Enterprises face labour shortages, complex equipment and warehousing, and inventory vulnerabilities. Linking floor-level management and production can also be complex, and having more than one site can be an additional challenge.
Adopting the industrial cloud can help keep business production stay in tip-top shape. Cloud platforms connect a dashboard with sensors that help provide a clear view of production and warehousing status. Enterprises can use the resulting visibility to optimise their resources and capacity and improve their manufacturing cycle times.
For instance, Singapore-based Ninja Van implemented Google Kubernetes Engine and other cloud capabilities. It can now automate application deployments and cost-optimising algorithms, even as the business continues to operate 24/7.
Japan-based metal processing company Fujikin also adopted a cloud-based ERP solution to digitise purchasing, sales, and inventory. This initiative reduced the enterprise’s reliance on individual skills and its workload by 170 man-hours per month.
Long-standing industrial supply chains have decoupled over the last two years. This has cut global businesses off from employees, suppliers, or customers, pushing remote work to the forefront. Having alternative suppliers from raw materials to last-mile delivery has become crucial. Businesses that can sync up processes across suppliers, workers, and manufacturers will be able to handle issues jointly and comprehensively and minimise shortages and delays.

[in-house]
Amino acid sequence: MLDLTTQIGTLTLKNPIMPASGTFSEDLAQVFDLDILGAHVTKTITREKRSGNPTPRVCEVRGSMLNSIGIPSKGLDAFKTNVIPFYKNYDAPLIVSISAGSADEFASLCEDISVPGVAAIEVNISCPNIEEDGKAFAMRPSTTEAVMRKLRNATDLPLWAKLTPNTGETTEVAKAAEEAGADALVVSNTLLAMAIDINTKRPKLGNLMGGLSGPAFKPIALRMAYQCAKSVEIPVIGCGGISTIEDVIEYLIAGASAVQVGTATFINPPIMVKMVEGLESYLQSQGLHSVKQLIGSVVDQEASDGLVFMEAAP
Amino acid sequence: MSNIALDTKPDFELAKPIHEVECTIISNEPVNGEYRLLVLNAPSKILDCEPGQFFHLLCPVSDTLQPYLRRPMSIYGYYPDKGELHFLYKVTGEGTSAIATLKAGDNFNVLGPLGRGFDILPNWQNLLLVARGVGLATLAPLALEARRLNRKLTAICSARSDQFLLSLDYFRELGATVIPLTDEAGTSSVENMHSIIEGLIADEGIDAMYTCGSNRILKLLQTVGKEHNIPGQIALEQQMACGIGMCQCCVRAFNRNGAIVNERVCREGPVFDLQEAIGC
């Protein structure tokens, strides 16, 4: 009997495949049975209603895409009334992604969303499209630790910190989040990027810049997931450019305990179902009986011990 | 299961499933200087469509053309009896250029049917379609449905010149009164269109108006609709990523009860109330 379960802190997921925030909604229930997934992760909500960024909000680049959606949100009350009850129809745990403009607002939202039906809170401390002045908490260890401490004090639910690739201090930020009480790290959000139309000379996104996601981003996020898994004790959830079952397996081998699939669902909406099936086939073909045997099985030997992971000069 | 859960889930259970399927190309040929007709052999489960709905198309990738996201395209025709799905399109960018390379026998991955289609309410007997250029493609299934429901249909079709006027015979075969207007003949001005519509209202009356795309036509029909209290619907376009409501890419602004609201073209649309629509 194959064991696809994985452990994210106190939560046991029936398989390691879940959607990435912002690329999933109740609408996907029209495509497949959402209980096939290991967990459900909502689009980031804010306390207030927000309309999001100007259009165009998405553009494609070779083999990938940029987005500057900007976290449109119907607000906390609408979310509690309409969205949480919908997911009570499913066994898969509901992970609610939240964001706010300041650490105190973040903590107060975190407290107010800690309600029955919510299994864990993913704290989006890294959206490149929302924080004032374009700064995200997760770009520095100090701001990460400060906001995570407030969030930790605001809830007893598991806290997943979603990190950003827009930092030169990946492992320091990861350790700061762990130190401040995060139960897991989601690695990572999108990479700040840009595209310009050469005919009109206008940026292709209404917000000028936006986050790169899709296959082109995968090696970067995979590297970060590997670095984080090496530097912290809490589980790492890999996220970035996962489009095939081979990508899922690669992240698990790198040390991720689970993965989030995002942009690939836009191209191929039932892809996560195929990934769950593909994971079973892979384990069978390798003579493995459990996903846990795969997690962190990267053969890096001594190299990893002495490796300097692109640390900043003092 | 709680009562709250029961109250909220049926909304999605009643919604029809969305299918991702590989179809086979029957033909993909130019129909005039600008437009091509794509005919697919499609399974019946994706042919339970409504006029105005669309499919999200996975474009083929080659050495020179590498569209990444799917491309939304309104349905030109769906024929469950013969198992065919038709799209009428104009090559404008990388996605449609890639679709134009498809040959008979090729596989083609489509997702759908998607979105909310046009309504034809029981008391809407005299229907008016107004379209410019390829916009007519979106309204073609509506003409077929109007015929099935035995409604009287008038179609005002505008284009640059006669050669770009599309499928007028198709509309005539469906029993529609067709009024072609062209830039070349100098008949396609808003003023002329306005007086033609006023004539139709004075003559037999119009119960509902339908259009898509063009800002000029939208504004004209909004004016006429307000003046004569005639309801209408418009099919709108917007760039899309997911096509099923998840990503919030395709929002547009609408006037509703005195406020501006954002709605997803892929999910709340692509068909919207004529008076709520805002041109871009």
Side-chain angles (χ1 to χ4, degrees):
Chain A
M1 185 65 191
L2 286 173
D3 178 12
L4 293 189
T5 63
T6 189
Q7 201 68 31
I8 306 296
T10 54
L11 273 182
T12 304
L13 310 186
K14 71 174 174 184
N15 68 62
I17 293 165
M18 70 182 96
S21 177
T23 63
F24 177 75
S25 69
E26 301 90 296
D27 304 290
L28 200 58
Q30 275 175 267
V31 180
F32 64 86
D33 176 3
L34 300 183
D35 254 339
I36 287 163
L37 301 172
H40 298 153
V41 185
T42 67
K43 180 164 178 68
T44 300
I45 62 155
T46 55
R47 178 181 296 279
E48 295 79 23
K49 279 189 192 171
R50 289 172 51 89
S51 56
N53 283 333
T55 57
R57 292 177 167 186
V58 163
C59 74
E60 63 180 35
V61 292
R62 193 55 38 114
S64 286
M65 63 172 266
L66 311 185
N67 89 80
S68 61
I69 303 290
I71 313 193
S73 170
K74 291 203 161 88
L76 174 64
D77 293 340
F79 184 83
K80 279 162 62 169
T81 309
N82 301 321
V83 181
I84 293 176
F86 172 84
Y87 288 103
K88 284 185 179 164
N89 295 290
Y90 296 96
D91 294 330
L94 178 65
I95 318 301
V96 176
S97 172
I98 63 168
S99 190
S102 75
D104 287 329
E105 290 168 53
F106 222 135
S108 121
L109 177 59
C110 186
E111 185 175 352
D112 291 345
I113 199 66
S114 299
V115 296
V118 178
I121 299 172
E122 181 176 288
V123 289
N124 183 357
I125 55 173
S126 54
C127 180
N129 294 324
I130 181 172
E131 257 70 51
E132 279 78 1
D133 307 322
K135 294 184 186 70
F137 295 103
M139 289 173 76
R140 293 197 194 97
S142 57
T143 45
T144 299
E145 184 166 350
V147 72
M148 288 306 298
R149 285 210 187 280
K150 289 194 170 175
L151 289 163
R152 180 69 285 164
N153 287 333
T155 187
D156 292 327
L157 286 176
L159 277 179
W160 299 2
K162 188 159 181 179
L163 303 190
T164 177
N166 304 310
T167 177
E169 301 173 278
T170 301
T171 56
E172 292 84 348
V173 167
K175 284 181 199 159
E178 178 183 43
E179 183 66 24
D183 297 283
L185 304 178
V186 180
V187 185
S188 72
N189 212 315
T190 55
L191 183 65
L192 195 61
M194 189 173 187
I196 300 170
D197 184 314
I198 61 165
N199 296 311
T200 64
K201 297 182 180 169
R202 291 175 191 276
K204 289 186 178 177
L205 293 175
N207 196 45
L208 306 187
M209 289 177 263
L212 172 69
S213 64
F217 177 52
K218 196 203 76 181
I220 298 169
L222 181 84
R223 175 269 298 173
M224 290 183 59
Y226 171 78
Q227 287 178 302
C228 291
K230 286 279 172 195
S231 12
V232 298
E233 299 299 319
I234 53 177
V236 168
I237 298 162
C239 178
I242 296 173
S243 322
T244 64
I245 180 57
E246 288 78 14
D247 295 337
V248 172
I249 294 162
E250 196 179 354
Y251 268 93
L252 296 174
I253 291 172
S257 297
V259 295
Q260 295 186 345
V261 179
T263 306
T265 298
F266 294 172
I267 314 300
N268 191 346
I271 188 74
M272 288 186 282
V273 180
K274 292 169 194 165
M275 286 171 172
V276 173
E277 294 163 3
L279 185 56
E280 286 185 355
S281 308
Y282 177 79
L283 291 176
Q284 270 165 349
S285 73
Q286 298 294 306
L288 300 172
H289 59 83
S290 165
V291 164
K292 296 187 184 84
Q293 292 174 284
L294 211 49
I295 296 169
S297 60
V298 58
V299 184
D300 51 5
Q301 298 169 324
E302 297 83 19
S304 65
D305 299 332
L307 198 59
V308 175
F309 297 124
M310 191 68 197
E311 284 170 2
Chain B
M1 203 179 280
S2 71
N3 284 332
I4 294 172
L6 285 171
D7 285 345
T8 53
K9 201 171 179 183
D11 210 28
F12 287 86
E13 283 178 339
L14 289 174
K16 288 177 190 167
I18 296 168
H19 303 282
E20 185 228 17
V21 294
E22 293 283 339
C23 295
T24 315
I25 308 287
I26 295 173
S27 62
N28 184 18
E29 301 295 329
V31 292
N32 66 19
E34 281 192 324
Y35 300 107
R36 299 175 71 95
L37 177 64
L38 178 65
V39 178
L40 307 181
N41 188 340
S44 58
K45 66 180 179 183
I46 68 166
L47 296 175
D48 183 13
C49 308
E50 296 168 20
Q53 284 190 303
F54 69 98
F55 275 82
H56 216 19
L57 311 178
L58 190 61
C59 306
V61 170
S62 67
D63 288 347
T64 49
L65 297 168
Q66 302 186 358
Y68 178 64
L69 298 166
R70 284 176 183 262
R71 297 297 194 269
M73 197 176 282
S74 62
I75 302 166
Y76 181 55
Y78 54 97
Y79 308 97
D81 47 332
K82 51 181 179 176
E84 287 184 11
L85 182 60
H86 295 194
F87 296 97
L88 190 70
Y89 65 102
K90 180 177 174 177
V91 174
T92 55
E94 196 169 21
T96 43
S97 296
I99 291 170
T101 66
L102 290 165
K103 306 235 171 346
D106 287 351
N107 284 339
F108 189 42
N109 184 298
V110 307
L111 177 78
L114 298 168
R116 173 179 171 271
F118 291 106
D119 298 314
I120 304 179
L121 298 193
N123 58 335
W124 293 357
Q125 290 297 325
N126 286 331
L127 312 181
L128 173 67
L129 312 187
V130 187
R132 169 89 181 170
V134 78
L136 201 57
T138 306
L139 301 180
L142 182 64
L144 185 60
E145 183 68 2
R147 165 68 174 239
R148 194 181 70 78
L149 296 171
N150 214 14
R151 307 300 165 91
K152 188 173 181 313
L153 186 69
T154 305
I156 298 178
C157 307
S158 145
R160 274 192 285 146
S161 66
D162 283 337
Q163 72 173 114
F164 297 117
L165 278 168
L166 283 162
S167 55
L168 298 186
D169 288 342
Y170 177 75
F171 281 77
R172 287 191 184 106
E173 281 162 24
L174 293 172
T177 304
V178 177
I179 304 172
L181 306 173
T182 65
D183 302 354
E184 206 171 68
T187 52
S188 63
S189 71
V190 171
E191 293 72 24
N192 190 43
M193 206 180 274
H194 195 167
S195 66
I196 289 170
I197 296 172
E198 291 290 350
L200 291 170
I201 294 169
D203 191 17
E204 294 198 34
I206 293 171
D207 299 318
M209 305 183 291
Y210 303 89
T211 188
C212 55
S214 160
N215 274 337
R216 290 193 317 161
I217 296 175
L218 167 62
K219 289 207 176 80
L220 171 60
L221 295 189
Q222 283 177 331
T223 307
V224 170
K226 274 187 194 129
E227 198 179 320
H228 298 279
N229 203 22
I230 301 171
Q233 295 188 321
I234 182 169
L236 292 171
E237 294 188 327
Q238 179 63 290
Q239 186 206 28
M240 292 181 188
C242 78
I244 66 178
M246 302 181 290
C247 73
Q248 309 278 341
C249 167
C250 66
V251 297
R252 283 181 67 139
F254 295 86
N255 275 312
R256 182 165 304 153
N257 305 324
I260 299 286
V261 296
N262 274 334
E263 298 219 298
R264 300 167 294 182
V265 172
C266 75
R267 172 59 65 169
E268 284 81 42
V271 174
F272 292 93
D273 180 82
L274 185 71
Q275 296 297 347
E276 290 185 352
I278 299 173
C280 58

The key behind syncing disparate processes is cloud computing. The industrial cloud can support stakeholder networks to maintain cross-border business processes. For instance, SAP Ariba Supply Chain Collaboration connects enterprises with manufacturers and suppliers. It helps onboard new suppliers and share information on production and inventory to secure supply.
Indonesia-based maritime and logistics company Meratus adopted Microsoft Cloud solutions to enable workforce communication and drive workers' efficiency. Cloud adoption had supported the company’s expansion into international routes in 2021. Meratus further aims to use Microsoft Teams to help workers engage with customers.
Global supply chain issues are upending manufacturing, logistics, and other asset-intensive sectors. To steer clear of these issues, enterprises can plug into Industry 4.0 and adopt purpose-built cloud solutions. However, this requires integrating large-scale processes, investing in data centres, and upskilling workers.
Not all enterprises have training on cloud platforms, and partnering with experts has become the go-to solution for many global businesses. Working with a cloud specialist can speed up a seamless adoption and minimise the capital expenditure required. For instance, T-Systems has a cloud integration template that covers 80-90% of the business-relevant processes. It enables quick and error-free digitalisation of data and workflows.
Want to learn more about migrating supply chain processes to the cloud? Contact T-Systems and find out how to tailor industrial cloud solutions to your operational goals.